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Remaking the status quo: How the American dream changed for millennials

For millennials — a term that loosely defines the generation of people currently in their early 20s to mid-30s — the recession hit particularly hard and at a particularly difficult time. Many of them were just entering the job market when it went south, but a lot of them have landed on their feet.

“When I entered the market in 2007, it was pretty rough,” said Derek Noel, 30, who works at Zappos. “I think we’re in a much better place now, but I don’t know if that’s a universal experience.”

Noel works as a “Fungineer,” a Zappos-specific title that means he organizes employee events and engagement activities. When Noel started out in the workforce, he said he couldn’t find anything he was really interested in and ended up working customer service and retail jobs. He said he’s very happy at his Zappos job and isn’t looking for anything else, but he rents, in part, so he can at least feel like he’s not tied down to a physical location.

“I like being able to know that if an opportunity came up, I could go follow where the wind takes me,” Noel said. “I’m not interested in owning a home. It’s not something I need to feel successful and grounded. I like having a little sense of ‘nomadicy’; I’d like to have experiences and travel rather than make a house payment.”

He does know some other millennials for whom owning a home is a part of their dreams, but he suspects many people still have a bit of resentment and distrust following the collapse of the housing market.

Louis Delgado, who was working on prototyping an app while drinking coffee in The Beat Coffeehouse, 520 E. Fremont St., agrees that most millennials aren’t interested in home ownership.

“I can go anywhere in the world, and as long as there’s an Internet connection and power, I can work there,” Delgado said. “Why would you want to tie yourself down with a mortgage?”

Delgado grew up in Las Vegas and left for a few years to attend college in St. Louis. Eventually, he married a local woman and got a job there, but when the marriage soured and ended, he came back to his hometown where he is self-employed.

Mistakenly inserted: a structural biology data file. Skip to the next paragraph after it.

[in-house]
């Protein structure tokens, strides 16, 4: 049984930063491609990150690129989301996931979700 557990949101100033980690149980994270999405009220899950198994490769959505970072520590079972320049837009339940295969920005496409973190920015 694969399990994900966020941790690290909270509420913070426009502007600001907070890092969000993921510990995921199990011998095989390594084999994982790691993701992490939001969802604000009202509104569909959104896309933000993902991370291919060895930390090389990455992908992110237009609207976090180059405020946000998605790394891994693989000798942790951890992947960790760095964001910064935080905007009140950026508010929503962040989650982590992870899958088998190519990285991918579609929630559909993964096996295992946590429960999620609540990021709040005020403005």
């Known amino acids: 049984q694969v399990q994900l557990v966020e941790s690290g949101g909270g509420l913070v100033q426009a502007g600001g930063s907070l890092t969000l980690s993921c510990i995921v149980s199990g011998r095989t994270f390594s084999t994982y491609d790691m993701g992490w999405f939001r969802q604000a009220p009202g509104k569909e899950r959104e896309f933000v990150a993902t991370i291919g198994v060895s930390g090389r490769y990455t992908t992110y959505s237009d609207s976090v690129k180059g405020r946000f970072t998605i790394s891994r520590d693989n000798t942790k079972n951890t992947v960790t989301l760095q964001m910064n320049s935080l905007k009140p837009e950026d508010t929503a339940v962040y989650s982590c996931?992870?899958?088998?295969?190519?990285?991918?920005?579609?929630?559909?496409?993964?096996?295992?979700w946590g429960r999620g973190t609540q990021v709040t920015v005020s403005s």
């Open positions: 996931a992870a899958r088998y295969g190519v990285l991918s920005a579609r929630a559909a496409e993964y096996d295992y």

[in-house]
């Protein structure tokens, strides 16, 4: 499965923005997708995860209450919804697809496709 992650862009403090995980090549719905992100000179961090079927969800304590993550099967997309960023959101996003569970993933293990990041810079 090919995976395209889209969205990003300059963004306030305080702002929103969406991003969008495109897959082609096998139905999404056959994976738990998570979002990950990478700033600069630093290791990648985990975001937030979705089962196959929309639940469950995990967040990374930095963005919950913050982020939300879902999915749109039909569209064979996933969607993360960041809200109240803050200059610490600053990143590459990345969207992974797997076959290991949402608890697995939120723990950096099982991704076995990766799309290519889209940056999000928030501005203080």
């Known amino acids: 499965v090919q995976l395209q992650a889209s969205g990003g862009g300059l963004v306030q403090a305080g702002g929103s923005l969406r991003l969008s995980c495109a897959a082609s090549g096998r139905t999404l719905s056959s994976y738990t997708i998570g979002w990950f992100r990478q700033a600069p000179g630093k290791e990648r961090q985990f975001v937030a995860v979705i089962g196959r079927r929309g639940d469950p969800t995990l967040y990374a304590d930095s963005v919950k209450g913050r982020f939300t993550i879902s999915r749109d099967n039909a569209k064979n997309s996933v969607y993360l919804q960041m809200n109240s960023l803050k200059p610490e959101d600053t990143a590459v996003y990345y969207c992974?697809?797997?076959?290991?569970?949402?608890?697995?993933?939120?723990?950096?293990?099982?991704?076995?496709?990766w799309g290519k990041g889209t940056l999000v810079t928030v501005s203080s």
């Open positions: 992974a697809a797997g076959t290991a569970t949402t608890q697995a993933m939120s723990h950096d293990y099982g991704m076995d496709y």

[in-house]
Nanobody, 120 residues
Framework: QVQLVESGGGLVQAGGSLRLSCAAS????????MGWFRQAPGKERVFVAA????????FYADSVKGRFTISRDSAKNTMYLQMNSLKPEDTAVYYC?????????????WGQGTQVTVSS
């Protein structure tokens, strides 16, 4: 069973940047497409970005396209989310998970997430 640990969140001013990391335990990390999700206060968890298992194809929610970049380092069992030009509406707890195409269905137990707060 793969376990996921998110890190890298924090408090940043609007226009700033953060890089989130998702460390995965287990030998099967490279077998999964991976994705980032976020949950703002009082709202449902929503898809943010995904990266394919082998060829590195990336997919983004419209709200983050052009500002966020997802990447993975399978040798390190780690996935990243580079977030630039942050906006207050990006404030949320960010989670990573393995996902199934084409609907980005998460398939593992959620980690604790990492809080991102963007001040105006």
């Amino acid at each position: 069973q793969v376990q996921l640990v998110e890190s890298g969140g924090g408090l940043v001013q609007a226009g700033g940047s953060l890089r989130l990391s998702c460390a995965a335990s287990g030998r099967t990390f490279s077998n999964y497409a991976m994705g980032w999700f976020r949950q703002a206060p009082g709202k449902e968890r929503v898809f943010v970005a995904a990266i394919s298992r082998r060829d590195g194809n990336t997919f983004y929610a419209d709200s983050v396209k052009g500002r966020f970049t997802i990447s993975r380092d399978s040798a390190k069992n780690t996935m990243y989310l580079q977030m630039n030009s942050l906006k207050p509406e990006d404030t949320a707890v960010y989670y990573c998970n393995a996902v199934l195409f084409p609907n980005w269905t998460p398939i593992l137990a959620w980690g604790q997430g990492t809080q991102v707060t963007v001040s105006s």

“If I had to give myself a title for a client, I’d technically be a freelance UX/UI designer,” Delgado said. “I like to think of myself as a digital products designer.”

What he doesn’t like to label himself as is a millennial, even though he is in the age range.

“I think it gives negative connotations,” he said. “I think the older generation doesn’t respect the younger generation when they hear the word. I’ve learned a lot from the older generation.”

Delgado believes the economy is doing fine and that there’s plenty of work as long as one is willing to work to find and keep it.

“I think as long as your work is good, and you can say something for yourself, speak intelligently and make a sale, you’re fine,” he said. “Vegas is a lot harder than San Francisco for what I do. Here, you have to go out, and you have to hustle a bit.”

Errol Campbell was working in construction when the recession hit. He was already beginning to shift to some self-employed work, and as the construction jobs started to go away, he transitioned into working for himself full time and discovered he was making more money.

“I work in leads and advertising,” Campbell said. “I buy and sell leads for real estate agents, lawyers and doctors. To me, it looks like the economy is recovering, but for me, it never slowed down.”

The nomadic life is not for Campbell, who owns a home downtown and is very settled in his hometown.

“I’m not leaving Las Vegas,” he said. “I was born and raised here. I love Las Vegas. It’s my home.”

To reach East Valley View reporter F. Andrew Taylor, email ataylor@viewnews.com or call 702-380-4532.

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